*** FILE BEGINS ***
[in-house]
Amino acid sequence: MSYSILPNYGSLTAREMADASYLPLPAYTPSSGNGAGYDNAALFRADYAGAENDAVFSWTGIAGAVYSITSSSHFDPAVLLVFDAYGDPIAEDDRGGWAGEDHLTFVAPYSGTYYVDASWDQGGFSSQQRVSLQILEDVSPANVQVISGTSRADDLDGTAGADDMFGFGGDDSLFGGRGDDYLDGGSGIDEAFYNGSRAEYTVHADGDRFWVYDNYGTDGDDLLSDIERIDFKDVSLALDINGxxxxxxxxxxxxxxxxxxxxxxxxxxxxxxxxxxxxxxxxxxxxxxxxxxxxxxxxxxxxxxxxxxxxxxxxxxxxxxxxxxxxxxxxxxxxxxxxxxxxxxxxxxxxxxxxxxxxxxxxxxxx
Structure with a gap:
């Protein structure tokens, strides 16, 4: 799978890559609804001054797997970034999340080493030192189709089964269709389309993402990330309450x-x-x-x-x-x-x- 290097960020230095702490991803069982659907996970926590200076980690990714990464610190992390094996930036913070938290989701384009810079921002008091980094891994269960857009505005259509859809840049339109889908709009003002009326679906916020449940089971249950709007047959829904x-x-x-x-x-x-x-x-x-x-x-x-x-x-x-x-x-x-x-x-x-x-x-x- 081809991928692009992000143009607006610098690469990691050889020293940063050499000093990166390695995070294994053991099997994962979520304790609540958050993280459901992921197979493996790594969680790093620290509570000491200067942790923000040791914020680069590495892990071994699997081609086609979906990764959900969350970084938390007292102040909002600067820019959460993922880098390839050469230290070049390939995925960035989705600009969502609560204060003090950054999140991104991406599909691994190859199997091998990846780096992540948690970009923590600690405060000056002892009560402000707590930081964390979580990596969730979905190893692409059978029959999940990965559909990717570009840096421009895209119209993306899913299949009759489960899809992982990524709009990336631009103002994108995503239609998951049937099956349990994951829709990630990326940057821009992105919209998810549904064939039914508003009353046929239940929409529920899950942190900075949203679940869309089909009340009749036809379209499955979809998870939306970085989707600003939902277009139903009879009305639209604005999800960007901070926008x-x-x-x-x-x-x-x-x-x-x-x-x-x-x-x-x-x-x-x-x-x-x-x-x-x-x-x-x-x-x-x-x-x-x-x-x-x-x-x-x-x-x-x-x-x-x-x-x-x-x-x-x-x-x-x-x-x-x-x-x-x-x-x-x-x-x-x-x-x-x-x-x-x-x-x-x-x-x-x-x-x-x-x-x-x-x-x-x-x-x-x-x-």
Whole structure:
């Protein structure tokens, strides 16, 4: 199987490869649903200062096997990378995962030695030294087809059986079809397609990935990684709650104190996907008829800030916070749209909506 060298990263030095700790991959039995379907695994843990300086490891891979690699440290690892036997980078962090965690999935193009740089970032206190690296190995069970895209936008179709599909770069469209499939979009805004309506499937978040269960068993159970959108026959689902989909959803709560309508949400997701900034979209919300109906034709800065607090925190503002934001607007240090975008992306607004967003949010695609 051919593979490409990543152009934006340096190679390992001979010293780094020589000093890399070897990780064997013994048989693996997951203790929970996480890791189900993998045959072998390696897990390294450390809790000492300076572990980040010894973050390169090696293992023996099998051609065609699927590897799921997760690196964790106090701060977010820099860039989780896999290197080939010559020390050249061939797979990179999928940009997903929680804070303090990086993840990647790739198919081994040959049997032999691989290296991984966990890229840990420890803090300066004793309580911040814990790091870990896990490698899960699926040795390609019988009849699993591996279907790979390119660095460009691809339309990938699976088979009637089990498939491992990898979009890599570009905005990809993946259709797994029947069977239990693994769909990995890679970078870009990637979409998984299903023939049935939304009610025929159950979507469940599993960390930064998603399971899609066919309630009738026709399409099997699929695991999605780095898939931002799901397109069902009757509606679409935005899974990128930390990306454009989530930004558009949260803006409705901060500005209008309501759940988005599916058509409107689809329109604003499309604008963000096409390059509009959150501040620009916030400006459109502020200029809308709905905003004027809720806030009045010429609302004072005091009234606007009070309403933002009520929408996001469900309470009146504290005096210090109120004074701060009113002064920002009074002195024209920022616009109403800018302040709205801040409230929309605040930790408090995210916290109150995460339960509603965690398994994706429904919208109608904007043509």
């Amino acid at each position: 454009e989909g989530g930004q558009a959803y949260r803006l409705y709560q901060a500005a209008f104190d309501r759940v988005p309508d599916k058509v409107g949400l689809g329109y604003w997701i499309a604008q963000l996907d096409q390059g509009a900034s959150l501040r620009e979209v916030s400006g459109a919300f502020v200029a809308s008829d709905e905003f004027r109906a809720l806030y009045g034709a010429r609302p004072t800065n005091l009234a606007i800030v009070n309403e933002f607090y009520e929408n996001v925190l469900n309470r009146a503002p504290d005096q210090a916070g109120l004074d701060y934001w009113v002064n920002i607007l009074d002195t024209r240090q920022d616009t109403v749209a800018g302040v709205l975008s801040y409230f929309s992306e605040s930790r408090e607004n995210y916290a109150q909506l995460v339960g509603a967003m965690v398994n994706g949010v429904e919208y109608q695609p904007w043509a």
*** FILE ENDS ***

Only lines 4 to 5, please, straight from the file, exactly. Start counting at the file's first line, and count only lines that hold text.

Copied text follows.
């Protein structure tokens, strides 16, 4: 799978890559609804001054797997970034999340080493030192189709089964269709389309993402990330309450x-x-x-x-x-x-x- 290097960020230095702490991803069982659907996970926590200076980690990714990464610190992390094996930036913070938290989701384009810079921002008091980094891994269960857009505005259509859809840049339109889908709009003002009326679906916020449940089971249950709007047959829904x-x-x-x-x-x-x-x-x-x-x-x-x-x-x-x-x-x-x-x-x-x-x-x- 081809991928692009992000143009607006610098690469990691050889020293940063050499000093990166390695995070294994053991099997994962979520304790609540958050993280459901992921197979493996790594969680790093620290509570000491200067942790923000040791914020680069590495892990071994699997081609086609979906990764959900969350970084938390007292102040909002600067820019959460993922880098390839050469230290070049390939995925960035989705600009969502609560204060003090950054999140991104991406599909691994190859199997091998990846780096992540948690970009923590600690405060000056002892009560402000707590930081964390979580990596969730979905190893692409059978029959999940990965559909990717570009840096421009895209119209993306899913299949009759489960899809992982990524709009990336631009103002994108995503239609998951049937099956349990994951829709990630990326940057821009992105919209998810549904064939039914508003009353046929239940929409529920899950942190900075949203679940869309089909009340009749036809379209499955979809998870939306970085989707600003939902277009139903009879009305639209604005999800960007901070926008x-x-x-x-x-x-x-x-x-x-x-x-x-x-x-x-x-x-x-x-x-x-x-x-x-x-x-x-x-x-x-x-x-x-x-x-x-x-x-x-x-x-x-x-x-x-x-x-x-x-x-x-x-x-x-x-x-x-x-x-x-x-x-x-x-x-x-x-x-x-x-x-x-x-x-x-x-x-x-x-x-x-x-x-x-x-x-x-x-x-x-x-x-």
Whole structure: